- The U.S. regions abandoned by globalization are experiencing a slight resurgence in jobs, although they are different than the manufacturing jobs of old, various news outlets report.
- The U.S. will add roughly three times the number of jobs within the supply chain than it will lose within the next three years, per a recent SCM World survey. Made in China is now past, according to Forbes, as companies seek to produce closer to distribution centers to increase agility and reduce risk.
- For example, a Chinese auto-glass manufacturer now employs 2,000 people within a former General Motors plant, reports The Wall Street Journal; and a former Bethlehem Steel plant will soon be transformed into a warehouse, according to The Morning Call.
The long debate over whether trade and globalization is good for jobs in America may now have to weigh a new factor: supply chain agility.
In the age of globalization, the location of jobs often shifted depending on the price of production. It was more beneficial to establish an automobile manufacturing plant, for example, in areas with high skilled workers willing to produce at low labor costs, such as regions in Mexico. In addition, companies used to bundle together, like in Silicon Valley for technology or Detroit for automobiles, in order to ensure labor needs were met.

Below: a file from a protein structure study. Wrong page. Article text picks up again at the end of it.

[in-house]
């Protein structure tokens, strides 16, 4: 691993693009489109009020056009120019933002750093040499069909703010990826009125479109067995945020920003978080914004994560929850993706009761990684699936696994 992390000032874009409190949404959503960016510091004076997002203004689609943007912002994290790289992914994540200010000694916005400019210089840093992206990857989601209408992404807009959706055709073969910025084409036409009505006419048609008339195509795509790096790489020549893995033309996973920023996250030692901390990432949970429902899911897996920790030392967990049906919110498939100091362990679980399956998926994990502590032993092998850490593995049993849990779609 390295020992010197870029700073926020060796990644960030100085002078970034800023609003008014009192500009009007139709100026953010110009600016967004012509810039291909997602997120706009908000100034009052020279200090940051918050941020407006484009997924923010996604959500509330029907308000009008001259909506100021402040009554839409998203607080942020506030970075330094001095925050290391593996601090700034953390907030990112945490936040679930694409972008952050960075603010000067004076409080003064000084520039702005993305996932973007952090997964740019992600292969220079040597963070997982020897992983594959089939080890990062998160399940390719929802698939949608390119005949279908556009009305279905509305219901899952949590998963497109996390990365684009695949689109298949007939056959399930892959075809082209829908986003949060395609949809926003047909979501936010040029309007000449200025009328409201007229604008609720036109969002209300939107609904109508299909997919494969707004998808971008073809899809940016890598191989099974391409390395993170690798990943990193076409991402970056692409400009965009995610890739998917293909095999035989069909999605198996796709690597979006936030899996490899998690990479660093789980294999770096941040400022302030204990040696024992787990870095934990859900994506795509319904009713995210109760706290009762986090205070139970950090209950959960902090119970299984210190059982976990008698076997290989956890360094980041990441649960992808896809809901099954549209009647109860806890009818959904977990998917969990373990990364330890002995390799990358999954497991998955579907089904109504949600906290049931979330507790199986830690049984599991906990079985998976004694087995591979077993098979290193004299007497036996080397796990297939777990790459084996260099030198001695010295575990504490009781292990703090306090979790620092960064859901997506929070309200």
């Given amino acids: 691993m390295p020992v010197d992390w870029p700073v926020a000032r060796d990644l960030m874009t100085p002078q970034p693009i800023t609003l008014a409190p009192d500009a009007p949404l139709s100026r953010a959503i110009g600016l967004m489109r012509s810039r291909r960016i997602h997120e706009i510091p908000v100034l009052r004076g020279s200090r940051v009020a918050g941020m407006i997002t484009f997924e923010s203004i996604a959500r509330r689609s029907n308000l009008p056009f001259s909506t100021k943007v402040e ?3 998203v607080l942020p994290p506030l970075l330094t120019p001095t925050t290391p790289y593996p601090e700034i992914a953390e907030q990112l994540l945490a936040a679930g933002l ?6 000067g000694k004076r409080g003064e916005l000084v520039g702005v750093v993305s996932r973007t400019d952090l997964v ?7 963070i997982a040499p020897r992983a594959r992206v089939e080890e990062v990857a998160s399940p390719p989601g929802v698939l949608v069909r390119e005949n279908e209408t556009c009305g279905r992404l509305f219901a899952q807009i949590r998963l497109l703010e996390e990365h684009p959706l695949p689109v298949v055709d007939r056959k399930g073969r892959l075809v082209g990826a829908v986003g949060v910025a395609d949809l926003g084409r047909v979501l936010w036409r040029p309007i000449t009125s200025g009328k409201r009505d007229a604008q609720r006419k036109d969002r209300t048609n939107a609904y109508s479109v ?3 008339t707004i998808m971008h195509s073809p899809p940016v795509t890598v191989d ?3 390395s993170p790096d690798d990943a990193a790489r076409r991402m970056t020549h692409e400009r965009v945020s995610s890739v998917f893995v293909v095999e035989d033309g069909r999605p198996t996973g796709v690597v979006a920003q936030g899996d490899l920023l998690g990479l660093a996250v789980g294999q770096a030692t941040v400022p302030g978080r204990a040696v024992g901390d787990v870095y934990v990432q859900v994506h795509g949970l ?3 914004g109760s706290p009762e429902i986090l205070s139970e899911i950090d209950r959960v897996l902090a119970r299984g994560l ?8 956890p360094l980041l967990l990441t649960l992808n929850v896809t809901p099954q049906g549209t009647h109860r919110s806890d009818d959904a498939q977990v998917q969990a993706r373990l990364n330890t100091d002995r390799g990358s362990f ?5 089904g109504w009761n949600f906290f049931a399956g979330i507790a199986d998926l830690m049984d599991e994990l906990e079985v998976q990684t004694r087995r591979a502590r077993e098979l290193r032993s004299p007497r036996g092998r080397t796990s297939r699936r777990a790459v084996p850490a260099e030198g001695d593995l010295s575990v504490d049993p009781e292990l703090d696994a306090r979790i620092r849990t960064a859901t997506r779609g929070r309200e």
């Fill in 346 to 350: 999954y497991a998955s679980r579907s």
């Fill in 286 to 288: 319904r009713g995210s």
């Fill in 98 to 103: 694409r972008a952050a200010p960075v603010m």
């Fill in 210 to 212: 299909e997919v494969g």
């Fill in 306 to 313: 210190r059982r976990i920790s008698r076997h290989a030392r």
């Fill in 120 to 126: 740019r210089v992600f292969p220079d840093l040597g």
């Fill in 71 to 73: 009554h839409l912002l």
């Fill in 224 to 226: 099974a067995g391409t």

Many of these tenets remain true, but as e-commerce and the internet have decreased the need for inventory and increased the demand for just-in-time manufacturing, companies seek to decrease lead times through geographic advantages.
The shift does not mean the manufacturing jobs of old are reshoring, however. Speed and options for expedited transport continue to grow, so the first step in this supply chain shift is affecting mostly the warehousing, logistics and distribution centers.
Just like Detroit was once the automobile center of the world, Lehigh Valley is becoming a hub for warehouses. The effect is spreading across the nation, too: Los Angeles, Tennessee and Atlanta are also seeing significant growth in warehousing and distribution centers.